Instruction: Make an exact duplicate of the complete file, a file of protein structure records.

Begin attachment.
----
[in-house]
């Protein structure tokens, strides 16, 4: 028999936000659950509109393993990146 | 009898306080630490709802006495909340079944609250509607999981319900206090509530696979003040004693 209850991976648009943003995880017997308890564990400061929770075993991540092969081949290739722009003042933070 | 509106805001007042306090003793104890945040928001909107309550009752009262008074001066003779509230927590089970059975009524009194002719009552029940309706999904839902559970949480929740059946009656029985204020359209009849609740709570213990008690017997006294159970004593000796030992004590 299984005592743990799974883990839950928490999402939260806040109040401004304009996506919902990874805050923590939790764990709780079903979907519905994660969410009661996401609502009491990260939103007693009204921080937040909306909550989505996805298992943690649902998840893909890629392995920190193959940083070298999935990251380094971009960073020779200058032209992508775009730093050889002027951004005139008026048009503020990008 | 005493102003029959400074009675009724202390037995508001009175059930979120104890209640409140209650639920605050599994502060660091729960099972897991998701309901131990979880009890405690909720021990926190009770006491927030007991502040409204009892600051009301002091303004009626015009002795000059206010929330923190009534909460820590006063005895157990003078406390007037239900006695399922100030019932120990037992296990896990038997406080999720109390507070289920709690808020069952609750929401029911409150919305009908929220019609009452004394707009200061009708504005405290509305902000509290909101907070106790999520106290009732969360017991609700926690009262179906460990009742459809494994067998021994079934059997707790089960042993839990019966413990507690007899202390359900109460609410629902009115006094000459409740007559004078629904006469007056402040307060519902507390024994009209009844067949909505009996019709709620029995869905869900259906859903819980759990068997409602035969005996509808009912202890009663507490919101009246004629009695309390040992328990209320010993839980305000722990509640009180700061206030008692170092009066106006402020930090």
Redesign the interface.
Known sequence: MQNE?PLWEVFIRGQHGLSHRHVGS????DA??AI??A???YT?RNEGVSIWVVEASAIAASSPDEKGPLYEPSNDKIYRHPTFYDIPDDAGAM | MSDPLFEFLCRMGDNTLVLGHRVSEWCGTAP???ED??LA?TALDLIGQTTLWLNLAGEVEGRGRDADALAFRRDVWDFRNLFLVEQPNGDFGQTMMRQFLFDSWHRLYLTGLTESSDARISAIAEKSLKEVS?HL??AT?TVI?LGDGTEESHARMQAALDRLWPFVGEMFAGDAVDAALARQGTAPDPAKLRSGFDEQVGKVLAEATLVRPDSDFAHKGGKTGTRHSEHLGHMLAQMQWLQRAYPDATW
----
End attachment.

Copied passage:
[in-house]
């Protein structure tokens, strides 16, 4: 028999936000659950509109393993990146 | 009898306080630490709802006495909340079944609250509607999981319900206090509530696979003040004693 209850991976648009943003995880017997308890564990400061929770075993991540092969081949290739722009003042933070 | 509106805001007042306090003793104890945040928001909107309550009752009262008074001066003779509230927590089970059975009524009194002719009552029940309706999904839902559970949480929740059946009656029985204020359209009849609740709570213990008690017997006294159970004593000796030992004590 299984005592743990799974883990839950928490999402939260806040109040401004304009996506919902990874805050923590939790764990709780079903979907519905994660969410009661996401609502009491990260939103007693009204921080937040909306909550989505996805298992943690649902998840893909890629392995920190193959940083070298999935990251380094971009960073020779200058032209992508775009730093050889002027951004005139008026048009503020990008 | 005493102003029959400074009675009724202390037995508001009175059930979120104890209640409140209650639920605050599994502060660091729960099972897991998701309901131990979880009890405690909720021990926190009770006491927030007991502040409204009892600051009301002091303004009626015009002795000059206010929330923190009534909460820590006063005895157990003078406390007037239900006695399922100030019932120990037992296990896990038997406080999720109390507070289920709690808020069952609750929401029911409150919305009908929220019609009452004394707009200061009708504005405290509305902000509290909101907070106790999520106290009732969360017991609700926690009262179906460990009742459809494994067998021994079934059997707790089960042993839990019966413990507690007899202390359900109460609410629902009115006094000459409740007559004078629904006469007056402040307060519902507390024994009209009844067949909505009996019709709620029995869905869900259906859903819980759990068997409602035969005996509808009912202890009663507490919101009246004629009695309390040992328990209320010993839980305000722990509640009180700061206030008692170092009066106006402020930090």
Redesign the interface.
Known sequence: MQNE?PLWEVFIRGQHGLSHRHVGS????DA??AI??A???YT?RNEGVSIWVVEASAIAASSPDEKGPLYEPSNDKIYRHPTFYDIPDDAGAM | MSDPLFEFLCRMGDNTLVLGHRVSEWCGTAP???ED??LA?TALDLIGQTTLWLNLAGEVEGRGRDADALAFRRDVWDFRNLFLVEQPNGDFGQTMMRQFLFDSWHRLYLTGLTESSDARISAIAEKSLKEVS?HL??AT?TVI?LGDGTEESHARMQAALDRLWPFVGEMFAGDAVDAALARQGTAPDPAKLRSGFDEQVGKVLAEATLVRPDSDFAHKGGKTGTRHSEHLGHMLAQMQWLQRAYPDATW